What a wonderful ghost story The Woman in Black was! Who, who has read the original 1983 novella, could possibly have forgotten the fate of Susan Hill's determined central character, the solicitor Arthur Kipps — not to mention his unfortunate family? Who, I ask you, slept soundly after having heard tell of the tragedy of Jennet Humfrye, the half-mad mother who saw her only son sucked into the murderous muck of the causeway connecting her home to the eerie village of Crythin Gifford? Who, in the end, could hold her haunting of Eel Marsh House against her?

Over the course of The Woman in Black: Angel of Death, I came to, I'm afraid. In this "fully authorised" sort-of-sequel, though it be blessedly brief, her "bleached-bone" features appear so frequently that she seemed little less chilling, not to mention sympathetic, than the wilting wallpaper which adorns the walls of the ancient estate where at the outset our hapless protagonist is dispatched.

Forty-odd years on from the events of the darkly fantastic classic this new book purports to take its cues from, the Blitz is in full swing. Eve Parkins, a trainee teacher, removes a class of children from the dangers of living in London — and from the comfort of their families, it follows — to a mouldering old mansion in the countryside where weird things start happening immediately.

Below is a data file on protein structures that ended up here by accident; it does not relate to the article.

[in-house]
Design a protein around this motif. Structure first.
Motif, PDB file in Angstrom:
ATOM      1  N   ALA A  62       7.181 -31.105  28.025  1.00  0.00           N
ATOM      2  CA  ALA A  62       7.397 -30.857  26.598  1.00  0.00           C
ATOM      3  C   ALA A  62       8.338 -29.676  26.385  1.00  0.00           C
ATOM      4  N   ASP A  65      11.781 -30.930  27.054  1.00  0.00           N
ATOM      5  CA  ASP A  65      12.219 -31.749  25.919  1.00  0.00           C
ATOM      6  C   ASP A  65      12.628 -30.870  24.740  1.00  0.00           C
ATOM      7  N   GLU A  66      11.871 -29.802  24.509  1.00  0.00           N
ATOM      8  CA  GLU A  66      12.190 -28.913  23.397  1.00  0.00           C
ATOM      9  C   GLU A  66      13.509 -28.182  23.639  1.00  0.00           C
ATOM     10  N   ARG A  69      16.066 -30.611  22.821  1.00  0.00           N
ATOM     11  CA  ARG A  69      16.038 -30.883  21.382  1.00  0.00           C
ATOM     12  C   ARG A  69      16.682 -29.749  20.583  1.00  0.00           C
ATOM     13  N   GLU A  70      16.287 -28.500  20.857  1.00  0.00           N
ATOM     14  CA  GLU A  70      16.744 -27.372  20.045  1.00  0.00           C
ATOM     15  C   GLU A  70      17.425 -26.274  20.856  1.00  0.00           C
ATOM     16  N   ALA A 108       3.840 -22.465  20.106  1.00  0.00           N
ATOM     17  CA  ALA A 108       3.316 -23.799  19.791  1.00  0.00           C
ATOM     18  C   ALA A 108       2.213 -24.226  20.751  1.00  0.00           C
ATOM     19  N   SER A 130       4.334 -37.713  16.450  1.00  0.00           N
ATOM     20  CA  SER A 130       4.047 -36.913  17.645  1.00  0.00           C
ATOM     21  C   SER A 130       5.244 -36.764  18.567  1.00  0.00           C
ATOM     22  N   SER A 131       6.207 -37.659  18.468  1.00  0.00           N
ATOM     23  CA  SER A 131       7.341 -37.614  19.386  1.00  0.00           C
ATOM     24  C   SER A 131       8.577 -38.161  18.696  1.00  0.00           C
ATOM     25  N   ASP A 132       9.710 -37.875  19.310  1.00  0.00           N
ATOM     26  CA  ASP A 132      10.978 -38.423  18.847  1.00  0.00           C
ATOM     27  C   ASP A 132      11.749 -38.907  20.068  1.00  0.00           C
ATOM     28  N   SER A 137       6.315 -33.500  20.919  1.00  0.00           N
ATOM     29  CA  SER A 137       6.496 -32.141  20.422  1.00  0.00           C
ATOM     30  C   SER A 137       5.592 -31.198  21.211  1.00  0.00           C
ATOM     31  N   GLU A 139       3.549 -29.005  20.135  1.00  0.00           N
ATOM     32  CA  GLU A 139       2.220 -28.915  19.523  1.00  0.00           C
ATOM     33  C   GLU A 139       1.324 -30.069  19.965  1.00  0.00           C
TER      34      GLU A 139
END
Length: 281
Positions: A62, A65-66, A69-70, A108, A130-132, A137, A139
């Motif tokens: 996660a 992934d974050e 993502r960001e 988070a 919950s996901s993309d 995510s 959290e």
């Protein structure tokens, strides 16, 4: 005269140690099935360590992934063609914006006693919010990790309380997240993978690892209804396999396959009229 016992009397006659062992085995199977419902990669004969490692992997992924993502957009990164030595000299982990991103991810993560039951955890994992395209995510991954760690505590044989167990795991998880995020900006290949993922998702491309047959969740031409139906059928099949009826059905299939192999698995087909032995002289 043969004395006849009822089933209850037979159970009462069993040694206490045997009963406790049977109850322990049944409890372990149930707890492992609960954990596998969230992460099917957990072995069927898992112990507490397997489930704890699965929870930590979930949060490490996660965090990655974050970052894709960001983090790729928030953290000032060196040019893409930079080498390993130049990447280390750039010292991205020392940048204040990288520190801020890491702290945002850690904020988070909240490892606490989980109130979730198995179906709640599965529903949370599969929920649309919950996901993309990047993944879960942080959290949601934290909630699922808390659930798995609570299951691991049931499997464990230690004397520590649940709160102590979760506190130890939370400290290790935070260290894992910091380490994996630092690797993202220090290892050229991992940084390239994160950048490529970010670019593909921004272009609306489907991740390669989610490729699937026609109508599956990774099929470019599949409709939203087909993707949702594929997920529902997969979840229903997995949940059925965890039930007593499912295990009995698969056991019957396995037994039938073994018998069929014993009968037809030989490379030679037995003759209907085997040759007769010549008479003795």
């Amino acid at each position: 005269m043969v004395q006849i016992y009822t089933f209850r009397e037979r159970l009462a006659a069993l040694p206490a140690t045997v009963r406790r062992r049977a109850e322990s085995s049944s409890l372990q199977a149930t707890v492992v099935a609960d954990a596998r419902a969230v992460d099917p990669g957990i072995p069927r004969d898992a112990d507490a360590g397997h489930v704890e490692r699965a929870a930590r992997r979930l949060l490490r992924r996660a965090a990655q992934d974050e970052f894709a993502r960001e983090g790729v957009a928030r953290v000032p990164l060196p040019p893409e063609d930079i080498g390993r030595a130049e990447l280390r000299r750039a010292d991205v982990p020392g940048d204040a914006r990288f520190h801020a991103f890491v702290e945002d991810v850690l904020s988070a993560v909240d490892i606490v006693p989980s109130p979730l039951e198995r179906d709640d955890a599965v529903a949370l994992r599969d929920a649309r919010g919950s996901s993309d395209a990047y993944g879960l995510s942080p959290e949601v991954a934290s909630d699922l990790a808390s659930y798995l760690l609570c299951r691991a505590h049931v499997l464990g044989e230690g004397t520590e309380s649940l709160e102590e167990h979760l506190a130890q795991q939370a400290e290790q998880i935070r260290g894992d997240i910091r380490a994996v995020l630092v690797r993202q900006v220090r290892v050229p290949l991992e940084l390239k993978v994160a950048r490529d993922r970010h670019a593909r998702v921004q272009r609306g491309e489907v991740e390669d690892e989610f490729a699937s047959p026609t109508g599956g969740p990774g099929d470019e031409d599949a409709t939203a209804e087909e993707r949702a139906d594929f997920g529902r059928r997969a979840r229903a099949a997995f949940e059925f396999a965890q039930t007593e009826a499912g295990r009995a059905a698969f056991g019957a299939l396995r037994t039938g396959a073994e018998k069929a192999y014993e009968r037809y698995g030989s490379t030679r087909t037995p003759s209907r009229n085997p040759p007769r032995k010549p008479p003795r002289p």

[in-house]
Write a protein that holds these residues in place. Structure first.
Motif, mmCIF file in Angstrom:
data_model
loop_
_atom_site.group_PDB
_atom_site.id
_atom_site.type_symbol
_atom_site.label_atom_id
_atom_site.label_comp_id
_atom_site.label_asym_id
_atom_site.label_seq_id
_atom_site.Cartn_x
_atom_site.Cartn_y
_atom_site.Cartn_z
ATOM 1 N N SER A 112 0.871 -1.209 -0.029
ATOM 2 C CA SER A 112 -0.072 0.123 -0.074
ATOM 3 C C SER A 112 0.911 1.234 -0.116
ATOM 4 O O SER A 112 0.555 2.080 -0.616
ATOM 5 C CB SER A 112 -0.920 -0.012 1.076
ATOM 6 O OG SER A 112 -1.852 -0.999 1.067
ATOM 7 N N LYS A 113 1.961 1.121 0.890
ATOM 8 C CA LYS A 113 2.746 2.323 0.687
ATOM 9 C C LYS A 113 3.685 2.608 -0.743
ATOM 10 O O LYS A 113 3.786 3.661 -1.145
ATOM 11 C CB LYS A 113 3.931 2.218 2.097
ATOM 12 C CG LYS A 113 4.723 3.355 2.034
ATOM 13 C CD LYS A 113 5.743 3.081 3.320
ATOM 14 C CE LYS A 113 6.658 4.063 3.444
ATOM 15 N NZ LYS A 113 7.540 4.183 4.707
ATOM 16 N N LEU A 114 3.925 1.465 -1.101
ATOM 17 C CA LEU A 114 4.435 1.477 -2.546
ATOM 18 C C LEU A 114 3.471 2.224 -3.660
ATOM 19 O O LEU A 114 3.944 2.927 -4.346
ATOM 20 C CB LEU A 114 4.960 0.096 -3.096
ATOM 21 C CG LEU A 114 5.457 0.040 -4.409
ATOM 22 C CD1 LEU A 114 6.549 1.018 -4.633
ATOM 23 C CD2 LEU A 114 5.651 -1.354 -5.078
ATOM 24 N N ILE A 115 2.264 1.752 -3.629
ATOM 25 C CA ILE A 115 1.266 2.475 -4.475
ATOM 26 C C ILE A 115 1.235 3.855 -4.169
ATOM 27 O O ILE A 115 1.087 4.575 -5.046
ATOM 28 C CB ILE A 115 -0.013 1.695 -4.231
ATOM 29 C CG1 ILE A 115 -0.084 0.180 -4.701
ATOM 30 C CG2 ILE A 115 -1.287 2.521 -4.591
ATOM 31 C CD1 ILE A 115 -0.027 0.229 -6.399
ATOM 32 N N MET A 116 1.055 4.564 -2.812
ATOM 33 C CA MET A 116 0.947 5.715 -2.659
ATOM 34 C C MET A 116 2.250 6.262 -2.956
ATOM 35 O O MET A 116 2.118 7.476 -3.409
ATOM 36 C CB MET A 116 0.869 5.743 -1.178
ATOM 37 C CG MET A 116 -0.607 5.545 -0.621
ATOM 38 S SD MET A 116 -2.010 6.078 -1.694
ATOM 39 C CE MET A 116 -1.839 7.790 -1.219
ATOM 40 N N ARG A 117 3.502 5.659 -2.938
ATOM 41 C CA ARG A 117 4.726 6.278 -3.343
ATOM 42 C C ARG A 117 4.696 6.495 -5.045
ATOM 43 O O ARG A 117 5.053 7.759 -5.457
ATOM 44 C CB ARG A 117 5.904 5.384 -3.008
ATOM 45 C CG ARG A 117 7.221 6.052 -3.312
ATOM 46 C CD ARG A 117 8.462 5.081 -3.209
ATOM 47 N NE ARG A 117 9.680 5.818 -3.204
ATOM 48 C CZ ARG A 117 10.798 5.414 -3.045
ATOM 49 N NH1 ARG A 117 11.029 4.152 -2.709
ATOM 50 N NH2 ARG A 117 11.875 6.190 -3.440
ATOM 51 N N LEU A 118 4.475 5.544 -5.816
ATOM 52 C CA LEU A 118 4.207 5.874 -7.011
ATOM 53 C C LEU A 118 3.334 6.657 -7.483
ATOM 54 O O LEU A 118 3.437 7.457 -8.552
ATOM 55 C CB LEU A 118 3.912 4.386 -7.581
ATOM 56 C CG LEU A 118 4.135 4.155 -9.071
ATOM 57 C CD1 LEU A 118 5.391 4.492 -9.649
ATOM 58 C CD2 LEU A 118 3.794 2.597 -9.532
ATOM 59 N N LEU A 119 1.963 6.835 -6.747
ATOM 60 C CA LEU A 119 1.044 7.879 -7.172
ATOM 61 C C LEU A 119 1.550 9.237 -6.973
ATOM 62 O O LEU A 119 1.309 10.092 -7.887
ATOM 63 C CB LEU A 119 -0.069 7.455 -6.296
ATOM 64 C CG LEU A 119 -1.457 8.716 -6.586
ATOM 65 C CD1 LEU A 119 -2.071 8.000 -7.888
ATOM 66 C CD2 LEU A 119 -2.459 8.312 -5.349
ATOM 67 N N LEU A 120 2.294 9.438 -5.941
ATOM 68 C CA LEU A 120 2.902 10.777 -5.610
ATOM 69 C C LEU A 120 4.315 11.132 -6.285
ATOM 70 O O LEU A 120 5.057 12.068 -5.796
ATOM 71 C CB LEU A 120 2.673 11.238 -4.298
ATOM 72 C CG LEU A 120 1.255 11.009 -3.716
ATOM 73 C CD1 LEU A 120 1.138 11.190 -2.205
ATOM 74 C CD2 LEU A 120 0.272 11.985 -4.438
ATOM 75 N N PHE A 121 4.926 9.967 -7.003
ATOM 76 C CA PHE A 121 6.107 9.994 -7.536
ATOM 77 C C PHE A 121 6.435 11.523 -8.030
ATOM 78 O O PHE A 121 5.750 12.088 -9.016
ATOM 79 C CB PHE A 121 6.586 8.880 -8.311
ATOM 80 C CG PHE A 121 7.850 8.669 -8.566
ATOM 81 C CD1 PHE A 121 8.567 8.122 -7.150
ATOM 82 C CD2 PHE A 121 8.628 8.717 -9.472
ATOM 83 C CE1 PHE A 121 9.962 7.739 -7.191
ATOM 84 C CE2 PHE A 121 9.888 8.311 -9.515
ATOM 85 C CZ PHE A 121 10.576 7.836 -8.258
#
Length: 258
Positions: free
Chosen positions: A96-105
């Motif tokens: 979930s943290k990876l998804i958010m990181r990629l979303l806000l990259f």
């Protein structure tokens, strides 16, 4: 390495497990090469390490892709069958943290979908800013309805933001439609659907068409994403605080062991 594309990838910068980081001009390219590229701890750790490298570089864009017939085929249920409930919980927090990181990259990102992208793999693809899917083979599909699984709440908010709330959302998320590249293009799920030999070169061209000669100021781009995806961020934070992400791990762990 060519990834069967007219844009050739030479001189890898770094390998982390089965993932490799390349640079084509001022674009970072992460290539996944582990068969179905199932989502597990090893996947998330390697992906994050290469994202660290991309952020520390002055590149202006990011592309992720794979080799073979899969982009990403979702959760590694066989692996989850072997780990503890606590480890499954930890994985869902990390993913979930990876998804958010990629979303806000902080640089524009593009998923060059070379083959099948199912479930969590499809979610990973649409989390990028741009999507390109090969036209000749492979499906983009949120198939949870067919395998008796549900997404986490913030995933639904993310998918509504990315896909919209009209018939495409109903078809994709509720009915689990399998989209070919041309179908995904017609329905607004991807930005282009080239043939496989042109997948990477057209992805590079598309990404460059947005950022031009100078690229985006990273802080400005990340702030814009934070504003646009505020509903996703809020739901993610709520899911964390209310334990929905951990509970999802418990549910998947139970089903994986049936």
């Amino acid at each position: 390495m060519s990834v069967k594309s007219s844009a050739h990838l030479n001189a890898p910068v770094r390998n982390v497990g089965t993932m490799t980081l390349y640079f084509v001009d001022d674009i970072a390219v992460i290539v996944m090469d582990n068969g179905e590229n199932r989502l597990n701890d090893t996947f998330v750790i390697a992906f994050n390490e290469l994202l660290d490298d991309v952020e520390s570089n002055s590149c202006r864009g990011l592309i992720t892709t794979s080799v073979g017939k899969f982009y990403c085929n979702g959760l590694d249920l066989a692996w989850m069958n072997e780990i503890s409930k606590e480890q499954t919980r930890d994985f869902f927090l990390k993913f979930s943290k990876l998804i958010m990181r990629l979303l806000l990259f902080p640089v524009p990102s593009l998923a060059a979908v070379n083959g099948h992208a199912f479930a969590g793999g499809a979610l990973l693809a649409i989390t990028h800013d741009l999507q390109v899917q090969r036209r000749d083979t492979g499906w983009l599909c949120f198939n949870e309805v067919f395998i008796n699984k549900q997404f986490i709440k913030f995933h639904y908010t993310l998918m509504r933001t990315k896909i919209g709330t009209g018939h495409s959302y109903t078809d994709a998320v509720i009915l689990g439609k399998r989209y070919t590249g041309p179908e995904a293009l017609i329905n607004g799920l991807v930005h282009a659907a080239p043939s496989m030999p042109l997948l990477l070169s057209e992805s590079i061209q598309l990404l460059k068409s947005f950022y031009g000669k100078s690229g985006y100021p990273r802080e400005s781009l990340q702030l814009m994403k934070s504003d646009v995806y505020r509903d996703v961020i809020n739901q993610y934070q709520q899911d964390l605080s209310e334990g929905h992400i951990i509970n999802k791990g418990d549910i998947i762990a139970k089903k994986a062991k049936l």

Wednesday, 11 December 2013

Book Review | S. by J. J. Abrams & Doug Dorst

A young woman picks up a book left behind by a stranger. Inside it are his margin notes, which reveal a reader entranced by the story and by its mysterious author. She responds with notes of her own, leaving the book for the stranger, and so begins an unlikely conversation that plunges them both into the unknown.

The book: Ship of Theseus, the final novel by a prolific but enigmatic writer named V.M. Straka, in which a man with no past is shanghaied onto a strange ship with a monstrous crew and launched onto a disorienting and perilous journey.

The writer: Straka, the incendiary and secretive subject of one of the world’s greatest mysteries, a revolutionary about whom the world knows nothing apart from the words he wrote and the rumors that swirl around him.

The readers: Jennifer and Eric, a college senior and a disgraced grad student, both facing crucial decisions about who they are, who they might become, and how much they’re willing to trust another person with their passions, hurts, and fears.